The day was fast approaching when the historic ceremony of the betrothal​3 of the doge and the Adriatic was to take place. Venice, whose vast commerce made her queen of the sea, was indebted to it for her beauty, her supremacy among mediaeval  p824 nations, even her existence. Her very foundations, scanty and shifting, were wrested with effort from the surrounding waters; in truth the beautiful city owed but little to the land. The waves, as if conscious of the dependence of the city upon them, kissed its stones lovingly; they softly bathed its beautiful marbles in time of peace and proudly carried its victorious fleets to new honors when Venice waged war against its neighbors, or sought to put down the power of the haughty Turk. Brightly, too, they danced in the sunlight when the mighty ships returned to the lagoons, bringing back the treasures of the East, and filling with pride the hearts of the merchant princes who were its rulers. This mutual dependence was most fittingly shown by a ring, symbol of an indissoluble alliance, and blessed like that which the bridegroom places upon the finger of his bride when he solemnly plights his troth at the foot of the altar. Many were the brilliant scenes enacted upon the fair blue sea, but none that called forth the pride and patriotism of the valiant republic as that pageant that marked the anniversary of her great victory. In the lovely month of May, under the calm sky and the soft sunshine, on the beautiful feast of La Sensa, Ascension Day, all Venice proceeded to make holiday. We may be sure that every Venetian who could secure a boat of any description made his way through the various canals as near to the place of meeting as his little craft could carry him amid the great throng of vessels. On the blue waters of the gulf lay the thousands of gondolas decked with flowers and bright with gayly-dressed pleasure seekers; the famed Bucentaur, the barge of the republic, resplendent among them all with its gorgeous tapestries and flags, bore proudly through the crowd the doge with the representatives of senate and council. Martial music resounded over the waters and alternated with the fresh, pure voices of young girls singing patriotic hymns in mingled praise of the republic and the sea, celebrating the magnificence, the glory and the profits of the illustrious alliance about to be renewed. A beautiful altar on the ducal gondola was prepared for the celebration of the sacred mysteries. The prelate in solemn pontifical robes stands ready to bless the betrothal, while the doge, kneeling upon a cushion splendidly embroidered with the arms of the city, sees around him, their heads bowed in homage, the great personages of the State. At the right of the altar stood a number of young boys, careless and happy children of the sea, a living embodiment of the essentially maritime existence of the republic; on the left, emblem of her aristocratic element, was a group of young girls, members of noble and illustrious families, at their head Helena Cornaro, the cynosure of all eyes. Suddenly from that immense throng is heard a loud joyous cry, followed by the silence of intense expectation.  p825 The doge has just received the blessed ring; he advances to the gilded railing of the gondola and exclaims aloud: "O thou, our strength and power, limitless wave of the ocean, be thou blessed! On this happy day Venice, by my voice, chooses thee for master and spouse. In exchange for this protection, this help that has never failed, she offers thee her gratitude and fidelity. May He who has created thee in all the immensity of thy power even while assigning thy limits receive and guard our promises and our vows." "Long live the Adriatic! Long live the doge!" resounds from a thousand throats; "glory and prosperity to Venice, the queen of the seas!"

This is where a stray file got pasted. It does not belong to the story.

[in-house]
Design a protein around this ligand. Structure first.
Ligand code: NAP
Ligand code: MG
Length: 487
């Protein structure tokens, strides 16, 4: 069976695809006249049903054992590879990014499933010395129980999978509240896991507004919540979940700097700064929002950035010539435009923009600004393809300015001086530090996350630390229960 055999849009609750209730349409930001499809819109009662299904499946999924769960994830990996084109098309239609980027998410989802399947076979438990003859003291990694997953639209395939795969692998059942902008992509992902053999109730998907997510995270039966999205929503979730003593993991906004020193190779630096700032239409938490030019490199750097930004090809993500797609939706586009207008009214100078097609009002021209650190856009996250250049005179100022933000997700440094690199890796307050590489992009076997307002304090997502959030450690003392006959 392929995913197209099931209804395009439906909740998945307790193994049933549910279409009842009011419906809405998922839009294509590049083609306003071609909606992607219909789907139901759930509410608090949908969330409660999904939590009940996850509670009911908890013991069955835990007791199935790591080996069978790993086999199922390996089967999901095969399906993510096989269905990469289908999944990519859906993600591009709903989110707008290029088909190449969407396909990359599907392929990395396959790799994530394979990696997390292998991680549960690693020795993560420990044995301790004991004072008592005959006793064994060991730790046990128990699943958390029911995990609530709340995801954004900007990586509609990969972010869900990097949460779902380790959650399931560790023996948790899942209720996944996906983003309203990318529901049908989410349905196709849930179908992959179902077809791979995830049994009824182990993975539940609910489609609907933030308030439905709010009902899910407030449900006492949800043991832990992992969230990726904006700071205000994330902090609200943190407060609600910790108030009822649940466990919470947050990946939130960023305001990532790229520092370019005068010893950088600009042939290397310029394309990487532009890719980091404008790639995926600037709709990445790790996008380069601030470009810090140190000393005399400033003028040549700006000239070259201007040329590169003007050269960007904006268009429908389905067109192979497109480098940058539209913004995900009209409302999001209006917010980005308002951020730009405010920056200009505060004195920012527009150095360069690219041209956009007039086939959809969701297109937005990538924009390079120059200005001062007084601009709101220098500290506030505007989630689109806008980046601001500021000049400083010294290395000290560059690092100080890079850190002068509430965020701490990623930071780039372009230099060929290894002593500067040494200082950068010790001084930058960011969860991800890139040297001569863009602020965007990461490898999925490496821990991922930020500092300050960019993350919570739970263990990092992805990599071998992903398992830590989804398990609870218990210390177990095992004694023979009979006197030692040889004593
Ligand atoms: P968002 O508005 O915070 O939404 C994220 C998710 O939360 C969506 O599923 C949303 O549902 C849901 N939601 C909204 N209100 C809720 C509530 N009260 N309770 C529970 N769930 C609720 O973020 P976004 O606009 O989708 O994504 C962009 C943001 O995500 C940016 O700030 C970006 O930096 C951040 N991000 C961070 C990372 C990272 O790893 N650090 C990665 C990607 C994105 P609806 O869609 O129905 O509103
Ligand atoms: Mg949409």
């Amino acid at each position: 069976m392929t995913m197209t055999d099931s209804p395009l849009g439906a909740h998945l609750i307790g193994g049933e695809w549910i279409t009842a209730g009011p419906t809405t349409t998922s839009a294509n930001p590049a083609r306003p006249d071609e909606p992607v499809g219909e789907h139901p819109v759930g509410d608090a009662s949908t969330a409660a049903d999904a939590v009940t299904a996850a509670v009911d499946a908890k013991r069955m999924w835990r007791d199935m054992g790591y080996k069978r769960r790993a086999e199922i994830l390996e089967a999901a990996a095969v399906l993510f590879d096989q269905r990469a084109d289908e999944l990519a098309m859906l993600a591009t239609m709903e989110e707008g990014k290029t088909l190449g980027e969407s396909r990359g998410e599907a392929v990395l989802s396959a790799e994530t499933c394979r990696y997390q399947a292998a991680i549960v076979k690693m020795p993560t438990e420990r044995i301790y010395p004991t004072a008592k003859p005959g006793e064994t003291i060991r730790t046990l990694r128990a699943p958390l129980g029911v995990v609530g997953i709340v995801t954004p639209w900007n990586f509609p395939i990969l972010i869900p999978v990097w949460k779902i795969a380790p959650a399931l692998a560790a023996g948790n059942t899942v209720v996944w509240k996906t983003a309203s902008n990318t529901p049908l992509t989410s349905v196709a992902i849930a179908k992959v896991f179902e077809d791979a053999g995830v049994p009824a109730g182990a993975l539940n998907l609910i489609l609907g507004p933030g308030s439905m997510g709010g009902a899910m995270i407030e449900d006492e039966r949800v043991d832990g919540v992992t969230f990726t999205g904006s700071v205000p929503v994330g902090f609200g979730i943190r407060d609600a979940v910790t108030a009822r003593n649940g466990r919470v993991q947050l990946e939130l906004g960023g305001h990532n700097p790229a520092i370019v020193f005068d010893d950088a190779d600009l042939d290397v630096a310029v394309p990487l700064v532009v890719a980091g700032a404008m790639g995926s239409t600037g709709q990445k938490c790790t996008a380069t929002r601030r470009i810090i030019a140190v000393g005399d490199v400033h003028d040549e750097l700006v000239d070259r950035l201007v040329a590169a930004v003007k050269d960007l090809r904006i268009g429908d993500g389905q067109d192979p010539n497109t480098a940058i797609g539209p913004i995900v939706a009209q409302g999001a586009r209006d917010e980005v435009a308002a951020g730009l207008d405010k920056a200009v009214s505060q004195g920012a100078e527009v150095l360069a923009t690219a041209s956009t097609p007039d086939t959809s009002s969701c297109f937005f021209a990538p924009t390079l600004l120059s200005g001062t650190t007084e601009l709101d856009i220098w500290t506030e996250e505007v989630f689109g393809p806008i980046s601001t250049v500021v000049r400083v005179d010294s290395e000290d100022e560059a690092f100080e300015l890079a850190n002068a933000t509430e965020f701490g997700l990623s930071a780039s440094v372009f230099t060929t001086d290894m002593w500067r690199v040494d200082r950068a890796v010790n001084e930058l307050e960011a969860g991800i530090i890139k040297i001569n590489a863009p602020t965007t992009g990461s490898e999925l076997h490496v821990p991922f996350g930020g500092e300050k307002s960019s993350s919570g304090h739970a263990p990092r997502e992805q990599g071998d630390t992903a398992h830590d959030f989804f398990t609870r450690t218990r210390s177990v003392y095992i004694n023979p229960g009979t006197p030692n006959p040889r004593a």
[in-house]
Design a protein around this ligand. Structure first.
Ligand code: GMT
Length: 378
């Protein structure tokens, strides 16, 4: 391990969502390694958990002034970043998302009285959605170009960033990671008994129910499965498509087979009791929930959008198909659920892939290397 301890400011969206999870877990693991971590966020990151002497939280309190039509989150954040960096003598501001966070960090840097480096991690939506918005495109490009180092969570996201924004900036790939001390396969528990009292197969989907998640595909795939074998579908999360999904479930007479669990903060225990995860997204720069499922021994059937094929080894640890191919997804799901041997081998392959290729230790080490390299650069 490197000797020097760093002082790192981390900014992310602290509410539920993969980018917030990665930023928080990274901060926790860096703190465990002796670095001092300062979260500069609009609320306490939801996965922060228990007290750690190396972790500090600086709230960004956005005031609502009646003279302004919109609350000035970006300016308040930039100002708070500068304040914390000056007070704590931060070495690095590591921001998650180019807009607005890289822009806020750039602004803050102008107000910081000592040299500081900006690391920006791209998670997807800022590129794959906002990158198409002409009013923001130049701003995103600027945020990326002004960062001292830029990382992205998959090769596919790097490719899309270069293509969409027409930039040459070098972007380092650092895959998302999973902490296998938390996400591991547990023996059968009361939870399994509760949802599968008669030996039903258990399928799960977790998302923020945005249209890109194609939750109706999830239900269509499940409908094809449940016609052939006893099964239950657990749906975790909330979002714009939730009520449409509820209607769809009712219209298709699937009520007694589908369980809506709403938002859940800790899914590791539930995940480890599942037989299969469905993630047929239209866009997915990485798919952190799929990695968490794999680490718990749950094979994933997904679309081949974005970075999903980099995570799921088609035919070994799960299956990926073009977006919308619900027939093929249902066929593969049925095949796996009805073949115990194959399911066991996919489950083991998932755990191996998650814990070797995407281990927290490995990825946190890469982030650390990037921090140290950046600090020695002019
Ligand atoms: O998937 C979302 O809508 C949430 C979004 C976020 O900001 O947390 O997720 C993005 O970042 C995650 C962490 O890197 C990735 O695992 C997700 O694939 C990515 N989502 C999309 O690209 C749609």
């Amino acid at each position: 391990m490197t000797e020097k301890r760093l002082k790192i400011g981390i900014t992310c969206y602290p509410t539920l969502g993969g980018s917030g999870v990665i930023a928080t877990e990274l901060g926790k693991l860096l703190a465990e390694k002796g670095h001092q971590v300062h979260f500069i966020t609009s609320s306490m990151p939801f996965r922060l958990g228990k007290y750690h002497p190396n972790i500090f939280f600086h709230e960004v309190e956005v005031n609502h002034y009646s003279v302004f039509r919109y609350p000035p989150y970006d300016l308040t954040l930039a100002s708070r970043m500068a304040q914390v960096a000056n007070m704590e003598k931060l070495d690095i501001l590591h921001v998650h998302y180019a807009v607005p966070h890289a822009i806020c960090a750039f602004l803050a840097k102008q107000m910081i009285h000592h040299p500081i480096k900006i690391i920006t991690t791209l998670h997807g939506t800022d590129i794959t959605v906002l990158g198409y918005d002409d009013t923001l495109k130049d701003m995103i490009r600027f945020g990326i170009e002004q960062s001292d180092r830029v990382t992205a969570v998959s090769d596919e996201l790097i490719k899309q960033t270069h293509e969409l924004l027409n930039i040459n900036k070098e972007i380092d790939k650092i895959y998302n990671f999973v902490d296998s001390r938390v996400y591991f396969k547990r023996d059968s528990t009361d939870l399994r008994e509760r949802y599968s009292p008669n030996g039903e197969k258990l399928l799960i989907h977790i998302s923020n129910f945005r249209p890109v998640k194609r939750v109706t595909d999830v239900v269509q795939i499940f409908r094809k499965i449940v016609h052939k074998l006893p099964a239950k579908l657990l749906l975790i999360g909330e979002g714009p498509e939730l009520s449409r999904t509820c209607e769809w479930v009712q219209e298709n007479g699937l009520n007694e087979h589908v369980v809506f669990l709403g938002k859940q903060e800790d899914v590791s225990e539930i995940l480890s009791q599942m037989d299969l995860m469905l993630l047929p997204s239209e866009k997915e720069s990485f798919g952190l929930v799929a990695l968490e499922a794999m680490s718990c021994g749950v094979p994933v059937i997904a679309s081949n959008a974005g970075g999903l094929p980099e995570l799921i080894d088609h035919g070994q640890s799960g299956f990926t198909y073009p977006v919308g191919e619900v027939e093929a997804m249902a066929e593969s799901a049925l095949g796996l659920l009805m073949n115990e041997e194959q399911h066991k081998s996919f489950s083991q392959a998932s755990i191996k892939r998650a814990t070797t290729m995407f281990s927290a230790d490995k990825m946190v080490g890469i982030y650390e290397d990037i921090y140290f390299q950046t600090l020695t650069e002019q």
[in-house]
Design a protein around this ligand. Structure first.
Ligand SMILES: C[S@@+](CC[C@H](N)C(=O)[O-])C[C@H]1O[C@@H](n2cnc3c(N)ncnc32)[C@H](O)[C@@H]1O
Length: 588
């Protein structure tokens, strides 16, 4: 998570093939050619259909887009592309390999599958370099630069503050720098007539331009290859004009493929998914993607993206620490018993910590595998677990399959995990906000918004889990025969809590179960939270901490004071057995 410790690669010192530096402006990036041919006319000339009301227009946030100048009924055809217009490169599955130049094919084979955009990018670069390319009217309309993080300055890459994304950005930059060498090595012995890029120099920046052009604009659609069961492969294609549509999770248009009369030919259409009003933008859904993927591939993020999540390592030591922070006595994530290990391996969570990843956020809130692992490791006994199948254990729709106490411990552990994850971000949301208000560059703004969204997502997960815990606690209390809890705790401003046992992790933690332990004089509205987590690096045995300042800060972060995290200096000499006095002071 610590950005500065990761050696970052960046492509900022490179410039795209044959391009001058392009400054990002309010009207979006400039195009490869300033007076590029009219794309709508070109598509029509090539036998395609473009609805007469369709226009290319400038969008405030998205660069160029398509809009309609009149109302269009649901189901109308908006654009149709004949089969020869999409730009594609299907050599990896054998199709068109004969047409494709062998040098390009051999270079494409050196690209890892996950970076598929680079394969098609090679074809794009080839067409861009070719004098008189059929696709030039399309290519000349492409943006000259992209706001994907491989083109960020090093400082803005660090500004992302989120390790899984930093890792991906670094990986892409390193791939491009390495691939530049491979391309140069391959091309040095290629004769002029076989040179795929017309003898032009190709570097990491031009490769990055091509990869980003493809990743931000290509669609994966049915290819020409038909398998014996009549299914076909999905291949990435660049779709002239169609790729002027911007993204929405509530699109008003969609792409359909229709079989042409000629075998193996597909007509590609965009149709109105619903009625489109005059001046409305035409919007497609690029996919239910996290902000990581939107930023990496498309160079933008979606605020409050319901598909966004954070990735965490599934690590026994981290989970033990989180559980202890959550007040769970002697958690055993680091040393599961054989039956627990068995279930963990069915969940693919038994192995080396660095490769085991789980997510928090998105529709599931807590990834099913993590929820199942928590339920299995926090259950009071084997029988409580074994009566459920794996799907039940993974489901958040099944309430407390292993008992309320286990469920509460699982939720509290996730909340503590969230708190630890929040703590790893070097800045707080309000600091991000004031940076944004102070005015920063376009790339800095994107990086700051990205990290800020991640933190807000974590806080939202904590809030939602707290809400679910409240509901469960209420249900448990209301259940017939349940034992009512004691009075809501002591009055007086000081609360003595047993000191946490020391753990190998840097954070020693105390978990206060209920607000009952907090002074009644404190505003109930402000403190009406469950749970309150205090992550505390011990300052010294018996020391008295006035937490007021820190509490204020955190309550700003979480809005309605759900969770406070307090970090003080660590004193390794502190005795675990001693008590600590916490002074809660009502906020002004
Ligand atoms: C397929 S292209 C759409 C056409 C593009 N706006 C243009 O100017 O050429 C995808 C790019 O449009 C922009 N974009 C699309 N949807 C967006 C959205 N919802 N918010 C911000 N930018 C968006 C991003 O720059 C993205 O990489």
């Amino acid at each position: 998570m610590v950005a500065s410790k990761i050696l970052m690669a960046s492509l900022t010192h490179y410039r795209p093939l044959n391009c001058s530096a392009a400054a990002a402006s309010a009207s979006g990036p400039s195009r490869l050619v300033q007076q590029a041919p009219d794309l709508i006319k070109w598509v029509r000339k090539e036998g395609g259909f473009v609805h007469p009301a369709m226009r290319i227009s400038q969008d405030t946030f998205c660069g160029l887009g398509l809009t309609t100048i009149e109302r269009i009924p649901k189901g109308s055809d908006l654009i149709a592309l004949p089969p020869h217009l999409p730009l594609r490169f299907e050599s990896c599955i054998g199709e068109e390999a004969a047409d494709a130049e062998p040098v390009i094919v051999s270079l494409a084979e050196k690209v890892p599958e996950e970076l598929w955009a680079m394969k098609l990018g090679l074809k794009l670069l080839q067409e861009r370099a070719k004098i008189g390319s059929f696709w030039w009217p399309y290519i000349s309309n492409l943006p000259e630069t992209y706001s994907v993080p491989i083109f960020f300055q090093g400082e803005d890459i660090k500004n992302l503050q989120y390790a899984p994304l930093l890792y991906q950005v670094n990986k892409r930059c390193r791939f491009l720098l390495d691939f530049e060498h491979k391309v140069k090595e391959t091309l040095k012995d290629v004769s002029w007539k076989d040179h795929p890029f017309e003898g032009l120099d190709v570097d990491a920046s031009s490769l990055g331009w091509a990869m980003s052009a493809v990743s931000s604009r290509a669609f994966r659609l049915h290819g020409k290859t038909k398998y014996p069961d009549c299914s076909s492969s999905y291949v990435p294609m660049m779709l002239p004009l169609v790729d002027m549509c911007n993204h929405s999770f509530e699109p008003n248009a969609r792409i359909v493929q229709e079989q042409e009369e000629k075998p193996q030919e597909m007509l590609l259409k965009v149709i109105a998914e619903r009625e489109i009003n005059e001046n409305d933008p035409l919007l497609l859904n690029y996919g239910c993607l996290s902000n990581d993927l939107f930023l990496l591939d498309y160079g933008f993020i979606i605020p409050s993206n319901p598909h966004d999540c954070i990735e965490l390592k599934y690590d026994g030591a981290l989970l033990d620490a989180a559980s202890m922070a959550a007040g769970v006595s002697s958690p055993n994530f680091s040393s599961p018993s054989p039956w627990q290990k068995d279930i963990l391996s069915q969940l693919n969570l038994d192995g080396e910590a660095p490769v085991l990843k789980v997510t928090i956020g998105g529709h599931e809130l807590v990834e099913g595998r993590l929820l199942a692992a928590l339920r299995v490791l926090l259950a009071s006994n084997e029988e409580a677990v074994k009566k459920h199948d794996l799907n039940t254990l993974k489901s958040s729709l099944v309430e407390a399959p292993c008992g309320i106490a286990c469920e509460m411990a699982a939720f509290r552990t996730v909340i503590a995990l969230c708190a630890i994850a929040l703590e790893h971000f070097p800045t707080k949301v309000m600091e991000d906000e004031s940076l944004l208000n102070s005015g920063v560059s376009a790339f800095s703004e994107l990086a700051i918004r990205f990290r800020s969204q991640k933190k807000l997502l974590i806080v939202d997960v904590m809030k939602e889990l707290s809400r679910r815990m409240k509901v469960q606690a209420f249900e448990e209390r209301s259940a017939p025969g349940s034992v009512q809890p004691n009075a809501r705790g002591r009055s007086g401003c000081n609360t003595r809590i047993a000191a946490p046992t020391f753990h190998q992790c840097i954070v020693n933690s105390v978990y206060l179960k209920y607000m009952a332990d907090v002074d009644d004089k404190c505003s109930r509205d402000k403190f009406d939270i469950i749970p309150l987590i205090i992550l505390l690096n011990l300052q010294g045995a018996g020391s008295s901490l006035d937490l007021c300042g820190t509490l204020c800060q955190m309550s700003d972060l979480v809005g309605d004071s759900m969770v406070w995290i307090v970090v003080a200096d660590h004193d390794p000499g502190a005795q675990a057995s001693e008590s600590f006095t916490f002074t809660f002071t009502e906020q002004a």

The ceremonies over, all gave themselves up to pleasure as became the citizens of a great and prosperous nation, and in the gay and child-like spirit that characterized their age and clime. Gayly-colored banners hung from gondola and balcony, garlands and streams brightened the somber walls of old palaces. As evening came on fireworks were set off on the shores of the lagoons; arrows shot from the church towers carried their flaming crowns far into the air and the limpid waters of the canals reflected all the sparkling lights from sky and shore. Everywhere was brightness and gayety; here the shrill voices of the children at play, mingled with women's low laughter, there snatches of song or some national air sung by a party of brave sailors as they glided by, keeping time with their oars.